Conventional wisdom holds that including some commodities, like gold, in your portfolio reduces downside risk. Research supports this theory by illustrating that gold reduces volatility due to its lower correlation to stocks. However, recent work from Sweden reveals a surprising detail about this concept. Researchers at the Umea School of Business discovered that the optimal commodity weighting in a portfolio isn’t what most expect.
The authors used a series of statistical models relying on measurements like deviation, variation, and regression to understand how different commodity weightings reduce risk. The authors approached the study from a global perspective. In addition to the S&P 500 index, the researchers examined the Nikkei 225, which is more appropriate for Japanese investors. Other indices included in the study like the DAX 30 and Sensex relate to German and Indian investors respectively. Despite the variety of indexes used, the optimal commodity weighting was surprising across the board.
The results “imply that adding at least 49% commodity index would improve the overall performance of the portfolios.” This “improved performance” is reduced volatility and therefore lower risk. The data studied covered the period starting in January of 1997 and ending in March of 2017.
Why is this finding unexpected? Common advice suggests allocating as little as 5 – 10% towards commodities in a portfolio. For example, in a recent Charles Schwab whitepaper analysts recommended committing just 1-5% of a portfolio to precious metals. “Our results are not in line with the experts’ suggestions since we get considerably high proportions of commodities in investors’ portfolios,” explain the researchers.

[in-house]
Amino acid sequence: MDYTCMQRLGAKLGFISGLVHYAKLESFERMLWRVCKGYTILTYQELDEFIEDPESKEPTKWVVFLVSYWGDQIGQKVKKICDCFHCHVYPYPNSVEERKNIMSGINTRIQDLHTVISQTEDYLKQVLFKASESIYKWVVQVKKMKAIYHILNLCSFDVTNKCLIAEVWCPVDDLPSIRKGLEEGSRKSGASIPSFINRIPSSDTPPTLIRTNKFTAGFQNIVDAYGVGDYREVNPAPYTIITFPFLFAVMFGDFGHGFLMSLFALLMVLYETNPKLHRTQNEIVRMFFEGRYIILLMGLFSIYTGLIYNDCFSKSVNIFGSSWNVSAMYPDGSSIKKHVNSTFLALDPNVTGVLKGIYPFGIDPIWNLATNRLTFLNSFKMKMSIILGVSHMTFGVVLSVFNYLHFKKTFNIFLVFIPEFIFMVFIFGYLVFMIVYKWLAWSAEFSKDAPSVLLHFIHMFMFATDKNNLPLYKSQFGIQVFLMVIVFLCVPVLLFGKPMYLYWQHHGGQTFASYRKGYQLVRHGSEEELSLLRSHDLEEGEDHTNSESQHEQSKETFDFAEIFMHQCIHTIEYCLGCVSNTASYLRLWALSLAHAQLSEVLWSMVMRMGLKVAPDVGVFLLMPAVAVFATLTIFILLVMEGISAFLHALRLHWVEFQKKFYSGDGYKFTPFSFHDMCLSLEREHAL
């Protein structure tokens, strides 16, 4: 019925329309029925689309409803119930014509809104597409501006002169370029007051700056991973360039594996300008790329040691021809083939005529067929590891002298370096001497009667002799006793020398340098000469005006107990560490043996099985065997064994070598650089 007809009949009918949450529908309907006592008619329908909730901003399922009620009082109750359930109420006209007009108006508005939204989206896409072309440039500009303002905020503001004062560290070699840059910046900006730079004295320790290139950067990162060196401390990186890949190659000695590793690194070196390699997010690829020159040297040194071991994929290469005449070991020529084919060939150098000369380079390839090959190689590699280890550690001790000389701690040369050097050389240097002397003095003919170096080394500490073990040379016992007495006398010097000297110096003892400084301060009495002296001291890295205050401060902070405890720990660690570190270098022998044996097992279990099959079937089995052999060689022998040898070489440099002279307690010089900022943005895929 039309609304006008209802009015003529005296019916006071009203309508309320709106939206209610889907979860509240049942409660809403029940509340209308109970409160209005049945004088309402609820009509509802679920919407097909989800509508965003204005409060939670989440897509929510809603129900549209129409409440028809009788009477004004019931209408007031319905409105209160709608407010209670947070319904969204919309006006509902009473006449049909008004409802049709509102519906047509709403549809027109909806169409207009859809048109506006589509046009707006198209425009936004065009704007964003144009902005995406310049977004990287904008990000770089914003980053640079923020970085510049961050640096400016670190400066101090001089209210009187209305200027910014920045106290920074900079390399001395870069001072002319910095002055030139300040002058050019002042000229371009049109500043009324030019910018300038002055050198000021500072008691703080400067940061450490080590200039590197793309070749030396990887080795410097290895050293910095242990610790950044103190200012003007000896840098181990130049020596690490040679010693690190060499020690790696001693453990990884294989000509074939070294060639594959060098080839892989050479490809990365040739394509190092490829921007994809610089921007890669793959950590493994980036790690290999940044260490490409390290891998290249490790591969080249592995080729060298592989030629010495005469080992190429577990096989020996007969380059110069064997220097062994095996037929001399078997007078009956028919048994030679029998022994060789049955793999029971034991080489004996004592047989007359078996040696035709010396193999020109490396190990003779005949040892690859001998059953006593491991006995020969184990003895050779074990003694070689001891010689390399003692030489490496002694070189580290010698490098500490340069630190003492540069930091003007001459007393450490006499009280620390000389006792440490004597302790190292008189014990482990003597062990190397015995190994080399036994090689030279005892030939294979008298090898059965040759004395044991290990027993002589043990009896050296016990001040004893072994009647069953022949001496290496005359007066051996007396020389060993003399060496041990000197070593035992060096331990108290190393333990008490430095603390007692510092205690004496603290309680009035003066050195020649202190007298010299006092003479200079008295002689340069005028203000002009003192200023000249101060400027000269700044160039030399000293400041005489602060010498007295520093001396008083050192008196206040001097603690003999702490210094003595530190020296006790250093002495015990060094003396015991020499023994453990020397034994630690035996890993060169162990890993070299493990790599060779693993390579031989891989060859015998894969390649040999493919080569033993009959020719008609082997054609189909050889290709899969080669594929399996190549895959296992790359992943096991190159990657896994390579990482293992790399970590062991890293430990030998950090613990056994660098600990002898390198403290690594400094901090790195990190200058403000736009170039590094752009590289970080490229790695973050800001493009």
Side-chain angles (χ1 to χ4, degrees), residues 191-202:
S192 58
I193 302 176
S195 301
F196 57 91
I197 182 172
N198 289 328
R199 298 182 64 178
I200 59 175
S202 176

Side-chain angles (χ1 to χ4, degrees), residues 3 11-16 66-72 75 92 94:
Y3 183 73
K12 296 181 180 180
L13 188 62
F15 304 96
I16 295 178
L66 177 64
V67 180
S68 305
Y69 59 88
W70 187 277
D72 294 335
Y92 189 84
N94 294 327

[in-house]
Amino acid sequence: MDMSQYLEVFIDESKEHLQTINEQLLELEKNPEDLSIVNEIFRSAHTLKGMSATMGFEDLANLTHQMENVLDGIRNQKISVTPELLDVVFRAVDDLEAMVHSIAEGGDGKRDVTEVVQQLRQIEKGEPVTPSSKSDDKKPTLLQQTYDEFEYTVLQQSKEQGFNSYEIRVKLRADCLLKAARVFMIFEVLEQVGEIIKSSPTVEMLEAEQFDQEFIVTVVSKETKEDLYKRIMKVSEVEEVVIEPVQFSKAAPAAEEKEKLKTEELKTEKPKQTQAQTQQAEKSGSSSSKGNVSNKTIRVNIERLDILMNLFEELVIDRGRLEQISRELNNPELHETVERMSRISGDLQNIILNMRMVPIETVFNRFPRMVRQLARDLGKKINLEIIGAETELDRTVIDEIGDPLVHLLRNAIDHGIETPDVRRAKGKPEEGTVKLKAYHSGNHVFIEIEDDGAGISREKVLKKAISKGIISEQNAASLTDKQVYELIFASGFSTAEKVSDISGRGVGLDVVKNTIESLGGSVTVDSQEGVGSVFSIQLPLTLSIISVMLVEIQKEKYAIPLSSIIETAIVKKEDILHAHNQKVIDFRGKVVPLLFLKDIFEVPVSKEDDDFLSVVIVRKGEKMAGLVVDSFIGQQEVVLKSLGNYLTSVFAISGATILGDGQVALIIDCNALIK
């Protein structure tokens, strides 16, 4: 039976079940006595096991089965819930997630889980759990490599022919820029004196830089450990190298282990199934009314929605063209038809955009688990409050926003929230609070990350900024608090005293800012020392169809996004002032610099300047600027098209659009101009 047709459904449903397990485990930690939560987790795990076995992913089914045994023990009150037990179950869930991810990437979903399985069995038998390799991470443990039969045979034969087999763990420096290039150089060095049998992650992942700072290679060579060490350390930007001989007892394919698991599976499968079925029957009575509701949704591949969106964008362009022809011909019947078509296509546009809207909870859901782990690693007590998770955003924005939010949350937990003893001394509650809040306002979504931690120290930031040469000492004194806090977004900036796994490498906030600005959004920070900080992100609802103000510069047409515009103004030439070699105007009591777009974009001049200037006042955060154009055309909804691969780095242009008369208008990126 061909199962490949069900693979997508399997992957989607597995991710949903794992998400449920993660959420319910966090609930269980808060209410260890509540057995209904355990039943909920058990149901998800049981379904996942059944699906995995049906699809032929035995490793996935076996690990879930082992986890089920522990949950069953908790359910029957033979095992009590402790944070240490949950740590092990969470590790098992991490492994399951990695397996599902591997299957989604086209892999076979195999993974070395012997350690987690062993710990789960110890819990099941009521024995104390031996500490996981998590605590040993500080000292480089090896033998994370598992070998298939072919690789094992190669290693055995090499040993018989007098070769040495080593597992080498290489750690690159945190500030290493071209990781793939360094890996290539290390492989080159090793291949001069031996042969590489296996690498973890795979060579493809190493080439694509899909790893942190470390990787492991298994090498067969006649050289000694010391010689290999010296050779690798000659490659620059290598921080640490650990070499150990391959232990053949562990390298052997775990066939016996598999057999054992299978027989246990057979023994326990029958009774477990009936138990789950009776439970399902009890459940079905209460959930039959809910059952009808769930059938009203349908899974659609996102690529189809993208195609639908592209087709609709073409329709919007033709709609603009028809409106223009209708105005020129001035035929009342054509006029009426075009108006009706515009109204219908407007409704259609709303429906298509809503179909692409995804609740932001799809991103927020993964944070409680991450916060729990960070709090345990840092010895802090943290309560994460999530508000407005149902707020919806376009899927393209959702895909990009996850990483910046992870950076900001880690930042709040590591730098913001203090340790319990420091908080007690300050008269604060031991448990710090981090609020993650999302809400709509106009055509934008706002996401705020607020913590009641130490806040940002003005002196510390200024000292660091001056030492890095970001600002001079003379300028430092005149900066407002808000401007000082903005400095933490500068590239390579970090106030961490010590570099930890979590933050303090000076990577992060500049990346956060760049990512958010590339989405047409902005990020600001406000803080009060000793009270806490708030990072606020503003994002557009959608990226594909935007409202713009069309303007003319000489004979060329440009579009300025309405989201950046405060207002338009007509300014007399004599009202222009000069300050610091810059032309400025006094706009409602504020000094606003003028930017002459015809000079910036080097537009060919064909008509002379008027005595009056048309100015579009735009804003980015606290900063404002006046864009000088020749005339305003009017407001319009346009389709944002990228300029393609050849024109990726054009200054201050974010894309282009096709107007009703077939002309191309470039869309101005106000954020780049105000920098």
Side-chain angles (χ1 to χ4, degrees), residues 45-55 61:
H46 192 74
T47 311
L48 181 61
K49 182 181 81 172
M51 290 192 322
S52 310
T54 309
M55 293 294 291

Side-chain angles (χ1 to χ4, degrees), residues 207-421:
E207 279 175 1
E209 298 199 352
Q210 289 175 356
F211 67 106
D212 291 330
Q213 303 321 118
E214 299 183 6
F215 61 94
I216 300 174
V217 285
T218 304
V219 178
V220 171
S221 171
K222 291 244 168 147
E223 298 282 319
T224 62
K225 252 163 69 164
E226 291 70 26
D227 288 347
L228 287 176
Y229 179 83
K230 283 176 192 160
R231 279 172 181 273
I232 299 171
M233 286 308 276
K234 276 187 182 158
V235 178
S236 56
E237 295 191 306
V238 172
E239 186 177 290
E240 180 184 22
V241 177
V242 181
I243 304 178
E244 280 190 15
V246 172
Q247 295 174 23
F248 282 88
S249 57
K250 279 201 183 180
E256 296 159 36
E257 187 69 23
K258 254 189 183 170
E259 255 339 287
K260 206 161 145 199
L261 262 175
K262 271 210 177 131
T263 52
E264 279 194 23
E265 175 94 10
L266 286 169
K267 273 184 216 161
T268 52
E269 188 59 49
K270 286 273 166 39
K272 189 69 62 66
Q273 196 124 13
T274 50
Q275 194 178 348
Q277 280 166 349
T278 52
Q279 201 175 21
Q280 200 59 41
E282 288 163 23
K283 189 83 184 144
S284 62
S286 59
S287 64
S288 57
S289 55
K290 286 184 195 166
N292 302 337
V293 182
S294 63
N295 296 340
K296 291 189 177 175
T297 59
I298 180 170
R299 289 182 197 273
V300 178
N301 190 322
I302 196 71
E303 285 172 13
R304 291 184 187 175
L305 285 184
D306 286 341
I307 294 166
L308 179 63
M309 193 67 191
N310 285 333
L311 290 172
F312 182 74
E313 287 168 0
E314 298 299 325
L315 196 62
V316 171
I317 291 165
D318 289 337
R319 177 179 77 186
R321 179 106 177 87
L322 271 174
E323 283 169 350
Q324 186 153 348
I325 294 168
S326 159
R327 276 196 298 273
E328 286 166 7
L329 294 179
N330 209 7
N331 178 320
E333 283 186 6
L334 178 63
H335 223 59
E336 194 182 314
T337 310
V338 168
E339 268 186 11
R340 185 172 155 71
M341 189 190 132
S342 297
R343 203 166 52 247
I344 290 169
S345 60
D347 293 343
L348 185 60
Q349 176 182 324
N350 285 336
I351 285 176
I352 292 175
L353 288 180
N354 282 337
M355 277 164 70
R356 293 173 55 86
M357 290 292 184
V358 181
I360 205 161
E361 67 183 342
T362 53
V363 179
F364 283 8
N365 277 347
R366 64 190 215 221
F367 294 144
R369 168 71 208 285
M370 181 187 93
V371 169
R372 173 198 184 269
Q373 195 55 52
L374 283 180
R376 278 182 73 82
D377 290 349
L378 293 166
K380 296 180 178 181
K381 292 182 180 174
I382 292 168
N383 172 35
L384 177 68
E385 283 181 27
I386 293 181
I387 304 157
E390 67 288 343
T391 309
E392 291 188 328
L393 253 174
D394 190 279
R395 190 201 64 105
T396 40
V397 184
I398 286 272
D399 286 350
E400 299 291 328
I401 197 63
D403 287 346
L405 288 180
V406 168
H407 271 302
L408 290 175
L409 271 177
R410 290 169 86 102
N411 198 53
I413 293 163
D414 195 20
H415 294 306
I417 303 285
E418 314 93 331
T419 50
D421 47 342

Additionally, the 49% weighting is the lowest optimal amount discovered among the indices. When using the Hang Seng Hong Kong index, the researchers found the optimal weighting was a whopping 69%.
It’s important to note that these findings are relative to a portfolio consisting of just two asset classes, stocks, and commodities. Therefore, an optimal commodity weighting of 49% means holding the balance of the portfolio (51%) in stocks. The average optimal commodity index weighting across all indices was 60.5% with a balance of 39.5% in stocks.
The researchers went further and explored why the optimal weighting was so high. This question brought them to gold which “has a volatility close to the lowest one of the stock indices at same time with a noticeably high return, for all time frequencies.” All other commodities studied had higher volatilities. This finding is significant given that the commodity index used in the analysis consisted of 24 components including platinum, sugar, and cotton.
Do these results mean investors should allocate nearly half of their portfolio to gold? Perhaps not, however, the research does give reason to reconsider how powerful gold can be as part of a risk management tool in portfolio design. Gold offers not only the opportunity for substantial long-term asset growth but also stability when it’s needed most. These research results come at a critical time. Geopolitical tensions are rising, volatility is growing, and U.S. policy is an uncertain as ever.